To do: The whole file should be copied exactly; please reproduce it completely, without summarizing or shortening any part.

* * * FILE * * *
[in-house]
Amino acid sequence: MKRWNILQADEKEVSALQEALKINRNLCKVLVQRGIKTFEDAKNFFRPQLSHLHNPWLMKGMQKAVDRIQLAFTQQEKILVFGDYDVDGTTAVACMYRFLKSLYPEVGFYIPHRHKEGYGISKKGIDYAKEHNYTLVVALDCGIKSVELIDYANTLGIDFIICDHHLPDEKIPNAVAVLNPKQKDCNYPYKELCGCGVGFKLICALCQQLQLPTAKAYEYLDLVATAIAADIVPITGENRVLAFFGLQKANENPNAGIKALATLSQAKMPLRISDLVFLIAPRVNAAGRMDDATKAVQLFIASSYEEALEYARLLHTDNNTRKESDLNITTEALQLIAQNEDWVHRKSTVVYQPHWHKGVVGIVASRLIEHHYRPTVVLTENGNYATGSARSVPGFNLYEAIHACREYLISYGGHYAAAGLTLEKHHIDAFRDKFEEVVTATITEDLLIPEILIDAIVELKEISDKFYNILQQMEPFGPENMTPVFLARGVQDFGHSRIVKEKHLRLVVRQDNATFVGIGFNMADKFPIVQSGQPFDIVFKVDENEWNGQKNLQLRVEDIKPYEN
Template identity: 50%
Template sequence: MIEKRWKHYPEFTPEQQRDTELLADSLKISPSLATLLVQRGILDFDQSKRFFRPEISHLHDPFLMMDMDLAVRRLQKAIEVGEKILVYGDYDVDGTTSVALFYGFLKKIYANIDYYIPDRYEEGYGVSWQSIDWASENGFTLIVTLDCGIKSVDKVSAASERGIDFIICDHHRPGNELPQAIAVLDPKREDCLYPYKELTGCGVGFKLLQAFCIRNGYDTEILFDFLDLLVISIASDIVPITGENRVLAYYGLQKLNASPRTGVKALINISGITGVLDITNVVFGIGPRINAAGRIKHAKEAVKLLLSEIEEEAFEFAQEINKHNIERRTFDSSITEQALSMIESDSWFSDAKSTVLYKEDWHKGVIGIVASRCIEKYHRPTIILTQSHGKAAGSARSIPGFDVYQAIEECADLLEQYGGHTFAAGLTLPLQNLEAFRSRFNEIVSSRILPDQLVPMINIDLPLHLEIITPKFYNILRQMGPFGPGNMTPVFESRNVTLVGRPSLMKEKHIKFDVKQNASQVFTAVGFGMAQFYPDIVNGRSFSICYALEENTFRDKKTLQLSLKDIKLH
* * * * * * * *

[in-house]
Amino acid sequence: MKRWNILQADEKEVSALQEALKINRNLCKVLVQRGIKTFEDAKNFFRPQLSHLHNPWLMKGMQKAVDRIQLAFTQQEKILVFGDYDVDGTTAVACMYRFLKSLYPEVGFYIPHRHKEGYGISKKGIDYAKEHNYTLVVALDCGIKSVELIDYANTLGIDFIICDHHLPDEKIPNAVAVLNPKQKDCNYPYKELCGCGVGFKLICALCQQLQLPTAKAYEYLDLVATAIAADIVPITGENRVLAFFGLQKANENPNAGIKALATLSQAKMPLRISDLVFLIAPRVNAAGRMDDATKAVQLFIASSYEEALEYARLLHTDNNTRKESDLNITTEALQLIAQNEDWVHRKSTVVYQPHWHKGVVGIVASRLIEHHYRPTVVLTENGNYATGSARSVPGFNLYEAIHACREYLISYGGHYAAAGLTLEKHHIDAFRDKFEEVVTATITEDLLIPEILIDAIVELKEISDKFYNILQQMEPFGPENMTPVFLARGVQDFGHSRIVKEKHLRLVVRQDNATFVGIGFNMADKFPIVQSGQPFDIVFKVDENEWNGQKNLQLRVEDIKPYEN
Template identity: 50%
Template sequence: MIEKRWKHYPEFTPEQQRDTELLADSLKISPSLATLLVQRGILDFDQSKRFFRPEISHLHDPFLMMDMDLAVRRLQKAIEVGEKILVYGDYDVDGTTSVALFYGFLKKIYANIDYYIPDRYEEGYGVSWQSIDWASENGFTLIVTLDCGIKSVDKVSAASERGIDFIICDHHRPGNELPQAIAVLDPKREDCLYPYKELTGCGVGFKLLQAFCIRNGYDTEILFDFLDLLVISIASDIVPITGENRVLAYYGLQKLNASPRTGVKALINISGITGVLDITNVVFGIGPRINAAGRIKHAKEAVKLLLSEIEEEAFEFAQEINKHNIERRTFDSSITEQALSMIESDSWFSDAKSTVLYKEDWHKGVIGIVASRCIEKYHRPTIILTQSHGKAAGSARSIPGFDVYQAIEECADLLEQYGGHTFAAGLTLPLQNLEAFRSRFNEIVSSRILPDQLVPMINIDLPLHLEIITPKFYNILRQMGPFGPGNMTPVFESRNVTLVGRPSLMKEKHIKFDVKQNASQVFTAVGFGMAQFYPDIVNGRSFSICYALEENTFRDKKTLQLSLKDIKLH